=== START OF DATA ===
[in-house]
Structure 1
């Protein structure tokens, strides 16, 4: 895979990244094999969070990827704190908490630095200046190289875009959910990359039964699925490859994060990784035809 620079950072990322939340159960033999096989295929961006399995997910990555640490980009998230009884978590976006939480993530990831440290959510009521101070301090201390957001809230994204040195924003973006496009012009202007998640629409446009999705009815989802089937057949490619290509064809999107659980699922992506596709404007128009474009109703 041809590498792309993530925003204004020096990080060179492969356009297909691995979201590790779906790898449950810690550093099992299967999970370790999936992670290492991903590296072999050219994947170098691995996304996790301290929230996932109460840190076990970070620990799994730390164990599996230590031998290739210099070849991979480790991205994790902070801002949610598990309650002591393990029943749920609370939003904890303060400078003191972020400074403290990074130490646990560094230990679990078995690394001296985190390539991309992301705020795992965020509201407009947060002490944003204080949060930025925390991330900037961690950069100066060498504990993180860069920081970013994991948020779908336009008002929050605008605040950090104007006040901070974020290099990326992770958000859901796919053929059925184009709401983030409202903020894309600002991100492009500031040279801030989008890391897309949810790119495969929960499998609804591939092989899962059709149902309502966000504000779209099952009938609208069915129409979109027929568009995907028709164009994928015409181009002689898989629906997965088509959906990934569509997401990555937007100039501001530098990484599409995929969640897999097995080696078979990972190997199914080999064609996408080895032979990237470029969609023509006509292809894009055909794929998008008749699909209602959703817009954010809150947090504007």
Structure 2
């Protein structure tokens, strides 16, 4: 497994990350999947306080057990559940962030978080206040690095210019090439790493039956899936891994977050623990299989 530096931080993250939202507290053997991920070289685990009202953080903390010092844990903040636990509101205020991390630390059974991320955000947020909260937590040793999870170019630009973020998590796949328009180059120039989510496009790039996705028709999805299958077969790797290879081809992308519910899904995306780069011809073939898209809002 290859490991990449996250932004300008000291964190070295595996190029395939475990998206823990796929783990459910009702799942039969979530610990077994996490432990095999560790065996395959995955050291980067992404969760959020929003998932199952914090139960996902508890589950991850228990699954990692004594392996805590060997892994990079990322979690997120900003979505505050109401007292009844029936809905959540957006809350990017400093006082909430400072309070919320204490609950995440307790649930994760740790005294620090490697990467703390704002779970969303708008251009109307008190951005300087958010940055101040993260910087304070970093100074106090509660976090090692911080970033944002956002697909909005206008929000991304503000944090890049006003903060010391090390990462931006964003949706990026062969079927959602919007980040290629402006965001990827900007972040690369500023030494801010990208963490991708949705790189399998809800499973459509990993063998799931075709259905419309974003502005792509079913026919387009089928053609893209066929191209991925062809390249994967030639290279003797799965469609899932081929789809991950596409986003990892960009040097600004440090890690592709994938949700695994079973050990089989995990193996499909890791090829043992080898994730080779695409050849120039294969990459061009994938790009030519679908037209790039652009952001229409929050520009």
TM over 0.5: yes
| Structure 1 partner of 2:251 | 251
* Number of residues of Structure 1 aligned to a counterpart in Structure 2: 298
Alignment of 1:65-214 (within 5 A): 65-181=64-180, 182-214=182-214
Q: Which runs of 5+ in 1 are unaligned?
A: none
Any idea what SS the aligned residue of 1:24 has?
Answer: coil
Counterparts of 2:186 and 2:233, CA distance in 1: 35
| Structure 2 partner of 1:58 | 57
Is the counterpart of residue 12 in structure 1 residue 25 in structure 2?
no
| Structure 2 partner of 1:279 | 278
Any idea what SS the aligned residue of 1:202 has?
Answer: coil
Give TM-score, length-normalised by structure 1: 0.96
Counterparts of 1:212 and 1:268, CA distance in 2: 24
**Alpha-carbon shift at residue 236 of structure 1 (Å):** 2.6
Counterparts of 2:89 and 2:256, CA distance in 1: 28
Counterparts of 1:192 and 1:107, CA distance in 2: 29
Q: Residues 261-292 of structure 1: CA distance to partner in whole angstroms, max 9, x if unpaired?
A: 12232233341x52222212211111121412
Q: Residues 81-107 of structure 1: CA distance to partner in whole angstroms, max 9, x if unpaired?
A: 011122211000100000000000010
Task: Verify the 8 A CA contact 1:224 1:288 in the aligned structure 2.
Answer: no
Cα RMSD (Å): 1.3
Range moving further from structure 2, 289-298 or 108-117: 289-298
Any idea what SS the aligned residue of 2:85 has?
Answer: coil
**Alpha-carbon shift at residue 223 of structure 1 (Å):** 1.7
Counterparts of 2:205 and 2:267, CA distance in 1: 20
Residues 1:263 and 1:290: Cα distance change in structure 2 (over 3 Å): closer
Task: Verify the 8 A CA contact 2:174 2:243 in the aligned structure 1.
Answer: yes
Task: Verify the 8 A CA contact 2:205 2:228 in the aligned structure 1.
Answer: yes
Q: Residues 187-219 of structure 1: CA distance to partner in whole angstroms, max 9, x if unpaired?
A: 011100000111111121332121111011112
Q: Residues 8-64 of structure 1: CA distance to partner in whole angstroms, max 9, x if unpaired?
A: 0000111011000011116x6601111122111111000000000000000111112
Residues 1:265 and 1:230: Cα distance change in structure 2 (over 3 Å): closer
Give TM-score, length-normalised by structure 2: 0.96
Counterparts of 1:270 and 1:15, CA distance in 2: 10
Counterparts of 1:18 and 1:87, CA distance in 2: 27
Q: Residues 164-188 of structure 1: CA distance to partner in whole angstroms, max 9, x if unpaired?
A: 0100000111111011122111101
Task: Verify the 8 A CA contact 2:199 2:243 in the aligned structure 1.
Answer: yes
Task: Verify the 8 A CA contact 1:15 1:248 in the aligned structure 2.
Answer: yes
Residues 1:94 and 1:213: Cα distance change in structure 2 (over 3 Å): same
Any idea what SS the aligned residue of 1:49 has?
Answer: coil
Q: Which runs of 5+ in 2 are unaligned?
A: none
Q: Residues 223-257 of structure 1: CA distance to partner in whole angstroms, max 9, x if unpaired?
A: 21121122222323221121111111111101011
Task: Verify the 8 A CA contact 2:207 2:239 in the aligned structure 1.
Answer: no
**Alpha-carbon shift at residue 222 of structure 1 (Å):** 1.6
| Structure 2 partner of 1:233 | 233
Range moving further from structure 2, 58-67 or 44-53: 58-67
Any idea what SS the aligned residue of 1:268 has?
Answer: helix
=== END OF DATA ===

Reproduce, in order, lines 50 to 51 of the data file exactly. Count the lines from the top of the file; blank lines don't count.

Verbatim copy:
Counterparts of 1:18 and 1:87, CA distance in 2: 27
Q: Residues 164-188 of structure 1: CA distance to partner in whole angstroms, max 9, x if unpaired?